Dr. Wininger says the main secondary anticonvulsant—which is actually becoming a trusted first-line drug—is levetiracetam. “The amazing thing about levetiracetam, as opposed to phenobarbital and bromide, which are pro-inhibitory, is that it is anti-excitatory,” he says. “It affects the glutamate cells’ ability to release their neurotransmitters. That’s why it is less sedating and has an awesome therapeutic range. You can give the drug at well over 10 times the normal dose, and the only side effect you’re likely to see is sedation. It’s a very safe drug.”

Levetiracetam is available in injectable, liquid and tablet formulations, and now it is available in an extended-release formulation. Aside from sedation, there are no commonly reported side effects. Also, it’s relatively affordable, doesn’t require monitoring, and decreases kindling (the phenomenon in which a seizure increases the likelihood that more seizures will occur). It has minimal hepatic metabolism as well. “It’s pretty much unnecessary to check blood levels because you just keep increasing the dose until it stops working, or it gets too expensive,” Dr. Wininger says. “It’s great for animals that have suffered liver toxicosis but still require an anticonvulsant and can’t be on phenobarbital. And it’s great for portosystemic shunt cases that develop status epilepticus.”

Fact or fiction? Levetiracetam is an ineffectual solitary agent. Fiction, says Dr. Wininger. He says neurologists used to tell people that levetiracetam really didn’t work well on its own. However, there’s now a lot of evidence suggesting that it does.1,2 A study of 19 dogs published in 2017 showed that when levetiracetam was used as a monotherapy, it was as effective as the standard of care as phenobarbital.3 So, Dr. Wininger says, if you reach for levetiracetam as a first-line anticonvulsant, “you’re not alone, and it’s not a wrong thing to do.”

Fact or fiction? Levetiracetam has a frequent honeymoon effect. Dr. Wininger says this is also fiction. It used to be said that levetiracetam would work well for three to six months, and then its efficacy would decline. However, Dr. Wininger says, the evidence has not proven this concern true. “Some dogs will have a decreased response to the current dosing, but it’s probably because of disease progression. If you provide them with a dose escalation, levetiracetam will often work well.”

Dr. Wininger does not usually use levetiracetam as a first-line agent, but there are certain dogs for which he makes an exception. For example, he will use it in dogs that have other neurologic deficits, often because they have postictal changes. He will also use levetiracetam in a geriatric dog that has a seizure and there’s a possibility that it has a brain tumor. “If I have any suspicion that a dog is not an idiopathic epileptic, but it could be, levetiracetam is great,” says Dr. Wininger. “If you put a dog that might have a brain tumor on phenobarbital and it gets dopey, you have to wonder, is it the disease process causing it, or is it the drug? I really like levetiracetam in cases where I’m not confident of my diagnosis of idiopathic epilepsy.”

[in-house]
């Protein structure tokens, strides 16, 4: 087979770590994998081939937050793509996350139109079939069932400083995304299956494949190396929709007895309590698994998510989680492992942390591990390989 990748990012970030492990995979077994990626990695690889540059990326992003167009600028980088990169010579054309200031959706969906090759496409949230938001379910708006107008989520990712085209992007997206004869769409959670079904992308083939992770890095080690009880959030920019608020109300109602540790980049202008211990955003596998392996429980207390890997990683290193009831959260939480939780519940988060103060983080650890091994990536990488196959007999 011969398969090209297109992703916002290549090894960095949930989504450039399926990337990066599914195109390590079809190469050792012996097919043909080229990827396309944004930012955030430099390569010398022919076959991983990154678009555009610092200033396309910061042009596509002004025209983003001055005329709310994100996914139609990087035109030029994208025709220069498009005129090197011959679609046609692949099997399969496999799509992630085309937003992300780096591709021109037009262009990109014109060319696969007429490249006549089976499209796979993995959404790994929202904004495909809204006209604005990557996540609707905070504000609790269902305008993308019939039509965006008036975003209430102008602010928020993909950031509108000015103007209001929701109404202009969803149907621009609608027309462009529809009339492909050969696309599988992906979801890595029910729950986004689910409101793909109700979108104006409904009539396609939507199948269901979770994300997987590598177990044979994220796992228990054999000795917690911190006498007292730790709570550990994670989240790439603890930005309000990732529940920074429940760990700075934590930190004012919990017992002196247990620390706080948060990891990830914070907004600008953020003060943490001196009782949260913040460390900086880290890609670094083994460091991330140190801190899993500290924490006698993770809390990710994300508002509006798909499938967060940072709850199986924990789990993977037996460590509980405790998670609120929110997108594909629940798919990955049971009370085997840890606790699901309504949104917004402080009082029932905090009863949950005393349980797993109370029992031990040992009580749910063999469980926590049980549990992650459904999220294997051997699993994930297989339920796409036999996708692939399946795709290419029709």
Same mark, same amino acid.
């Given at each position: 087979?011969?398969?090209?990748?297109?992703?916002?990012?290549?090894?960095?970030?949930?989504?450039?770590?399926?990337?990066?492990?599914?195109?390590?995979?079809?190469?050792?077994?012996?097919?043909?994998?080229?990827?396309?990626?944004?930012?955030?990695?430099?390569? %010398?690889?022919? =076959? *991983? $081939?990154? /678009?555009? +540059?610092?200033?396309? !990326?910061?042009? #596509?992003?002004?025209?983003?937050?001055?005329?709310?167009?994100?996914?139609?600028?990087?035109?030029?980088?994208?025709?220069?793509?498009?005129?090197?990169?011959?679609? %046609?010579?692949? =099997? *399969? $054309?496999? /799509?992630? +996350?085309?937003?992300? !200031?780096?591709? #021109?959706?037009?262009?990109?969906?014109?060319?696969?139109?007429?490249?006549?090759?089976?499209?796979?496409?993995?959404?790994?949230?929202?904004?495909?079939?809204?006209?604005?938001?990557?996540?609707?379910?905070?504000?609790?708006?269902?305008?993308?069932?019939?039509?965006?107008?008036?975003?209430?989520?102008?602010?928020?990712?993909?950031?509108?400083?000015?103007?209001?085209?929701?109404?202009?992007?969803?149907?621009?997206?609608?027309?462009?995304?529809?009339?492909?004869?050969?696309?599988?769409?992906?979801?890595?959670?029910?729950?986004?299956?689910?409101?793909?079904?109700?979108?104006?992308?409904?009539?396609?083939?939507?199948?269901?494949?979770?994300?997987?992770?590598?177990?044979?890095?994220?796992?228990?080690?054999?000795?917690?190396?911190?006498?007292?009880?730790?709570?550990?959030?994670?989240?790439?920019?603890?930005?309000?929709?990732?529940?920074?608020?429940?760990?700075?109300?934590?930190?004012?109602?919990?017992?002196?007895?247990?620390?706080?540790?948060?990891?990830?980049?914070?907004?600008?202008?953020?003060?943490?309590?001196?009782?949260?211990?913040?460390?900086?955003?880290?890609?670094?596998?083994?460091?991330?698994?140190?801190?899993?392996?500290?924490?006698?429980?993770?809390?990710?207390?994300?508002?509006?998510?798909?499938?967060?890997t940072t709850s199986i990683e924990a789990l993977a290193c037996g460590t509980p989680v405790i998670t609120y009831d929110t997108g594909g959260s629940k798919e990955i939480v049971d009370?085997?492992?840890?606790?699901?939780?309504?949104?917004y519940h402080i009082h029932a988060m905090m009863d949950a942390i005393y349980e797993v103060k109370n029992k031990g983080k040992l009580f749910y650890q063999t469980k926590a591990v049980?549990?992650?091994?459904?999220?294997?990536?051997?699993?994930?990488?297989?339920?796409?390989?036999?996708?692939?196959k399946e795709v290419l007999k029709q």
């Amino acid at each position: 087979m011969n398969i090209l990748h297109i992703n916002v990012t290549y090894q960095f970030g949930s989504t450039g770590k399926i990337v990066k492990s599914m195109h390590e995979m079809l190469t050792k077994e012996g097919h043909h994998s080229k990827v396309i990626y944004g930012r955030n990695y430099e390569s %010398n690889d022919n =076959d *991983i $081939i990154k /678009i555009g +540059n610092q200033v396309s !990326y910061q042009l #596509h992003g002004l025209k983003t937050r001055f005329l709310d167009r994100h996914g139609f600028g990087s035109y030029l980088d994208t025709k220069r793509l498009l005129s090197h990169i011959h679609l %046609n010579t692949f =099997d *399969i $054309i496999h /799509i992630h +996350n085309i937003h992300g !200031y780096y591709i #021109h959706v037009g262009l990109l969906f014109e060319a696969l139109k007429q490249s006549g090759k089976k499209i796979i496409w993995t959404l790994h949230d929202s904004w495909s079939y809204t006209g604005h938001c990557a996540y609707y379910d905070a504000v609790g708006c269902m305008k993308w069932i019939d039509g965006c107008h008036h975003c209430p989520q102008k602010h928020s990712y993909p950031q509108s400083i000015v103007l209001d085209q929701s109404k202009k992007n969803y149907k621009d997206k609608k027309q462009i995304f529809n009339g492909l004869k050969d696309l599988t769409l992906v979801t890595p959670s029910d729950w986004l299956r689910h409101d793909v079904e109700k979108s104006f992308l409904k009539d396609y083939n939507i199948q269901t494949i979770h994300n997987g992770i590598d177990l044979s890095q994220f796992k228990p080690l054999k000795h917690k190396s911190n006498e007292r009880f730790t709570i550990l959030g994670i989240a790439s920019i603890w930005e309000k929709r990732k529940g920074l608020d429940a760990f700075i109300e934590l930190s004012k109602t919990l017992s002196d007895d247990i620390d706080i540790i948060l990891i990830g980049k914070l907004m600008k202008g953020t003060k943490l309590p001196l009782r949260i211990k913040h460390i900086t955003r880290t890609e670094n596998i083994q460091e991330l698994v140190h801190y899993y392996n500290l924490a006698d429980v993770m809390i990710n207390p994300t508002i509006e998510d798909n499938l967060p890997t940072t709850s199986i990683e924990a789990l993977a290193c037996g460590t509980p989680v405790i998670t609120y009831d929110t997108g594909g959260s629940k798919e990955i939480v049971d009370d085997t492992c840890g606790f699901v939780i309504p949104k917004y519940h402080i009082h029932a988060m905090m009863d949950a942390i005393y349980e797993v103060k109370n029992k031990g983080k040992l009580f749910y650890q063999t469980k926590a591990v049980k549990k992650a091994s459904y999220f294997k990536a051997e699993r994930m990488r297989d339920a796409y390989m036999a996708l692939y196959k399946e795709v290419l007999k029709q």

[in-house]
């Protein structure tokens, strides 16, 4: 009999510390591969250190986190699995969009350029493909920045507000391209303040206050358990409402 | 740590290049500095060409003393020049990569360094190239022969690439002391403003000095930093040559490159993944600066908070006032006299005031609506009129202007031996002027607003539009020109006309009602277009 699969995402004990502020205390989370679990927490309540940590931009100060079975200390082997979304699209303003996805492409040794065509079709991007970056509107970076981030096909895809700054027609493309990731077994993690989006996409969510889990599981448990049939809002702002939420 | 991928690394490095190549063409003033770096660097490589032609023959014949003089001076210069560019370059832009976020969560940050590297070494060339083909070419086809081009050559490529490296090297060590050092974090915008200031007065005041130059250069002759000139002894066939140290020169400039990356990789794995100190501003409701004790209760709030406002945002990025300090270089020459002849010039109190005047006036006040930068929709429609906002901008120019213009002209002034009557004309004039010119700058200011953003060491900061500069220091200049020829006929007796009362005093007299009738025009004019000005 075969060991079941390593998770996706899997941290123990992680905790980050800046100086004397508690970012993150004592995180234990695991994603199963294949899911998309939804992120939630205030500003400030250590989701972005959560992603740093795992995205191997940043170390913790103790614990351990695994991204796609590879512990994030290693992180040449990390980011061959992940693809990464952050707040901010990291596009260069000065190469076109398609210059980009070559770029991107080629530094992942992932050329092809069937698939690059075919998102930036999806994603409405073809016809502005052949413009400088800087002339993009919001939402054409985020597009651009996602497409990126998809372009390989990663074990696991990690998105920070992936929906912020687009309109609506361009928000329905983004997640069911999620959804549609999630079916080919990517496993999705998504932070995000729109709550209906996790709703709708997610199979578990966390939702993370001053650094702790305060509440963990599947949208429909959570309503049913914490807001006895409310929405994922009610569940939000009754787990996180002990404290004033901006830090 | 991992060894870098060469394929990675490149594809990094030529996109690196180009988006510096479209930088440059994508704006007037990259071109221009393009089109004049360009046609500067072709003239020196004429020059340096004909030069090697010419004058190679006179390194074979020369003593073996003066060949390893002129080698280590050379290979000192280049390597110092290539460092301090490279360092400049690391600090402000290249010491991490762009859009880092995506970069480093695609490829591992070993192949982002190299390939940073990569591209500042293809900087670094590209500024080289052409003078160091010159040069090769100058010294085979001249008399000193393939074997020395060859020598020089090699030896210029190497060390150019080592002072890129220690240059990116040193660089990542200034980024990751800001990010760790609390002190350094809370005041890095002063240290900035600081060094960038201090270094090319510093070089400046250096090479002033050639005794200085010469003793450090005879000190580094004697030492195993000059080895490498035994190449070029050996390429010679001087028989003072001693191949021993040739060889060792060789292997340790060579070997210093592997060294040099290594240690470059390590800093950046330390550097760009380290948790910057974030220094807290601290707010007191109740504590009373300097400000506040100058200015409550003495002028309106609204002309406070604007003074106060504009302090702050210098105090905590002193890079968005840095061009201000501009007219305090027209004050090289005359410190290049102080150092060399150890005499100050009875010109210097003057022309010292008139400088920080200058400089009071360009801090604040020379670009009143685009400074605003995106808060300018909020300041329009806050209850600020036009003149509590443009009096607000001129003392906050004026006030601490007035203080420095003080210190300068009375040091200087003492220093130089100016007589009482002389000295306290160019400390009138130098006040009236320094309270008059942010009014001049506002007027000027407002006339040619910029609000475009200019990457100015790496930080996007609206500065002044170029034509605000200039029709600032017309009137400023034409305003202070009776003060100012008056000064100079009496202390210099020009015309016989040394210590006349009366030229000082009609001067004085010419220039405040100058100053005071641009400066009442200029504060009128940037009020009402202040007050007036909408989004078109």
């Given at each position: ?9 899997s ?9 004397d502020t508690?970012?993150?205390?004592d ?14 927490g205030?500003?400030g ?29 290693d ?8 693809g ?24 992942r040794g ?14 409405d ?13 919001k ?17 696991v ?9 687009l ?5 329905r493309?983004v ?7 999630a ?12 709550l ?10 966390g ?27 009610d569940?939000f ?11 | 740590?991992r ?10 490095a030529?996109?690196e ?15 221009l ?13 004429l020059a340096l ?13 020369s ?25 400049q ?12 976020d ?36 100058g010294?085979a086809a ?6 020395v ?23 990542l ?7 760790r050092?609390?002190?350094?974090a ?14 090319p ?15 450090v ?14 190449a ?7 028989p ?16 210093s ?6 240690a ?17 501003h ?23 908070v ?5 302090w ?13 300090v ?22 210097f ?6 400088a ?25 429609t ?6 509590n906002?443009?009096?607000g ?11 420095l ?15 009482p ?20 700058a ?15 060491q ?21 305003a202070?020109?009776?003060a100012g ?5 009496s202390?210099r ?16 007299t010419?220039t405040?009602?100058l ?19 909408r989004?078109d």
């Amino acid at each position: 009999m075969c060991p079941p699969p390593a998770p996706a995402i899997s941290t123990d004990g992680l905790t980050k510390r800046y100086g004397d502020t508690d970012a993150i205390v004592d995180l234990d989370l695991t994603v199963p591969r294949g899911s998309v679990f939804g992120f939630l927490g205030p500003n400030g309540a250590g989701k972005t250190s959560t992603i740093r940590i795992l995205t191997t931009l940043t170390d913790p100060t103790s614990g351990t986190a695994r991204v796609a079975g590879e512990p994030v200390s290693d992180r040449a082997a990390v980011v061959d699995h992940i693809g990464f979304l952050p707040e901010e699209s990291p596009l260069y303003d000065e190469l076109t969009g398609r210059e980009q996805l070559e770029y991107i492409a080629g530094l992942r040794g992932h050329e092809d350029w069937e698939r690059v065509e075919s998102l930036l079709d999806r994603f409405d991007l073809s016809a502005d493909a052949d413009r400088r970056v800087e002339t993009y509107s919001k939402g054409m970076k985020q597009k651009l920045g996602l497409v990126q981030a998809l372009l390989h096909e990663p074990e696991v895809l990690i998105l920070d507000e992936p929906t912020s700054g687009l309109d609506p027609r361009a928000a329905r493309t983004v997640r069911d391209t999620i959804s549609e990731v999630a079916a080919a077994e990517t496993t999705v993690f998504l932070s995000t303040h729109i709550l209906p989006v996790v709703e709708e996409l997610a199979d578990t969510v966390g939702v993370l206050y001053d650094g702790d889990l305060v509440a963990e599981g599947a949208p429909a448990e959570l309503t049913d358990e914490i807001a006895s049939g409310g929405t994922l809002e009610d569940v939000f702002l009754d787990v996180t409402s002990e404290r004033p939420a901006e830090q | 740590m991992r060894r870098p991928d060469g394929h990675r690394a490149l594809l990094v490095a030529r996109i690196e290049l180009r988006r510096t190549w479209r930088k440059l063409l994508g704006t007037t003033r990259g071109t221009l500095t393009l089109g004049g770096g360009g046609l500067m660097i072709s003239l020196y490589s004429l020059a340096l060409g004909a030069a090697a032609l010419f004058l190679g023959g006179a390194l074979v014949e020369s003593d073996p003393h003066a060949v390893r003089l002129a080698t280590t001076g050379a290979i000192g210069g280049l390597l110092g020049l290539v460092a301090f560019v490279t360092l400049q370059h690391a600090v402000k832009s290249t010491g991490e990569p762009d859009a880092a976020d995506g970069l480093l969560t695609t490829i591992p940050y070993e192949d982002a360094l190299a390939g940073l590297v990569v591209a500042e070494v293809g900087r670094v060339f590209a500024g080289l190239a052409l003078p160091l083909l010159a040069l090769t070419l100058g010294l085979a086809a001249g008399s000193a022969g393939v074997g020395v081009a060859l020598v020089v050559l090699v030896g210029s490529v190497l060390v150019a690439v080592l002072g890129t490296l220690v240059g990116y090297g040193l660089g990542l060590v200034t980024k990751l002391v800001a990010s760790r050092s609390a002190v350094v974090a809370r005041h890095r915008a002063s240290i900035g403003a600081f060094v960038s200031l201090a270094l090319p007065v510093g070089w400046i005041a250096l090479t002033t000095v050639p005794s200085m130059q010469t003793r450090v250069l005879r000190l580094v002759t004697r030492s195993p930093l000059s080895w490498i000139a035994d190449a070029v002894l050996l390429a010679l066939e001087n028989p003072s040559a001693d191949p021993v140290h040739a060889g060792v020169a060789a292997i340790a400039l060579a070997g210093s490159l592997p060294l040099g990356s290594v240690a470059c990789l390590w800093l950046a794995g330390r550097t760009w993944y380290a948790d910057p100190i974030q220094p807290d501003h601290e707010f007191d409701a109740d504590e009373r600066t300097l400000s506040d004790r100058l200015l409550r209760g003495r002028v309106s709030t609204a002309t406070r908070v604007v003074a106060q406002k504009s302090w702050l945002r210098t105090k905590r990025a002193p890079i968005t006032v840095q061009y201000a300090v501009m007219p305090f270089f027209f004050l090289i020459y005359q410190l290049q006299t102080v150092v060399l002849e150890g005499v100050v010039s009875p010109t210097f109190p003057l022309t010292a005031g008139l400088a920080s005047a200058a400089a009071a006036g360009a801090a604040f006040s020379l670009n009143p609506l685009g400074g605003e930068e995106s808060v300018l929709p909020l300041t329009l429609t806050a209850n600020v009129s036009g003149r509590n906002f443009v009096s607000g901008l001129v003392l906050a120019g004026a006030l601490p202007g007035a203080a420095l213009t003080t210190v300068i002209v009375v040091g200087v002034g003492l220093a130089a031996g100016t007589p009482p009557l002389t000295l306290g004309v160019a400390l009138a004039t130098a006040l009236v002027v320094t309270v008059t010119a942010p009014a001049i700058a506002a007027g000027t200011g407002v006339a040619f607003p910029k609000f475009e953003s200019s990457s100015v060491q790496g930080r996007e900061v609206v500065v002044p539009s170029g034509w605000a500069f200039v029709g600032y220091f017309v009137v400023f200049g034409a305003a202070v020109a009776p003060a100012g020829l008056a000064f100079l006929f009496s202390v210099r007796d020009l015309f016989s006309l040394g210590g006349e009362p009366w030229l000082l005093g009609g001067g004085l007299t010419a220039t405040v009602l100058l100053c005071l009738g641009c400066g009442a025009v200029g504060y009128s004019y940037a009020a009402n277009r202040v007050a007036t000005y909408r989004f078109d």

Fact or fiction? Levetiracetam has to be given exactly every eight hours. Dr. Wininger says this is no longer true.4 It used to be that three-times-a-day dosing was a real problem for some clients. Administering a medication three times a day can be a daunting task and significantly reduces client compliance. However, an extended-release formulation of levetiracetam is now available. Dr. Wininger uses this formulation on almost all of his patients receiving levetiracetam. He says that in some dogs you can even administer a single daily dose of the extended-release formulation. “You can even put a toy-breed dog on an extended-release tablet two times a day,” says Dr. Wininger. “You know it’s going to be over the recommended dose, but the literature suggests it’s going to be OK. Use the extended-release formulation. It’s much easier to manage.”

Fact or fiction? Levetiracetam has little hepatic metabolism and the levels are unaffected by phenobarbital. According to Dr. Wininger, this is also not true. “There is some hepatic metabolism of levetiracetam,” he says, “and if you have a dog concurrently on phenobarbital, you may need to bump up the dose of levetiracetam a little bit more. The numbers suggest you’ll need to increase the levetiracetam dose by 25% if the dog is on phenobarbital.”

Other pharmaceutical and nutritional treatments

Zonisamide. About the same time as levetiracetam became available, zonisamide also came to market. It was used as a second-line anticonvulsant, favored over levetiracetam because it required twice-daily dosing. “I find zonisamide to be a mediocre anticonvulsant at best. Now that the extended-release formulation allows twice-daily dosing of levetiracetam, zonisamide has lost favor. The drug is just not as effective, and there is a paucity of literature to support its use.”5,6

Topiramate. “The drug I reach for if phenobarbital, bromide and levetiracetam fail is no longer zonisamide. My new drug of choice? Topiramate,” says Dr. Wininger. Research has shown that topiramate decreases seizure onset and decreases seizure spread.7 The drug also has minimal side effects. The problem is that its half-life is only two to four hours. Theoretically, this drug should be given every four to six hours, which is very difficult for clients to achieve. Instead, Dr. Wininger recommends a dose of 5 to 10 mg/kg by mouth two or three times a day. He adds, “The drug is relatively new and its efficacy outside of case experience is poorly documented.”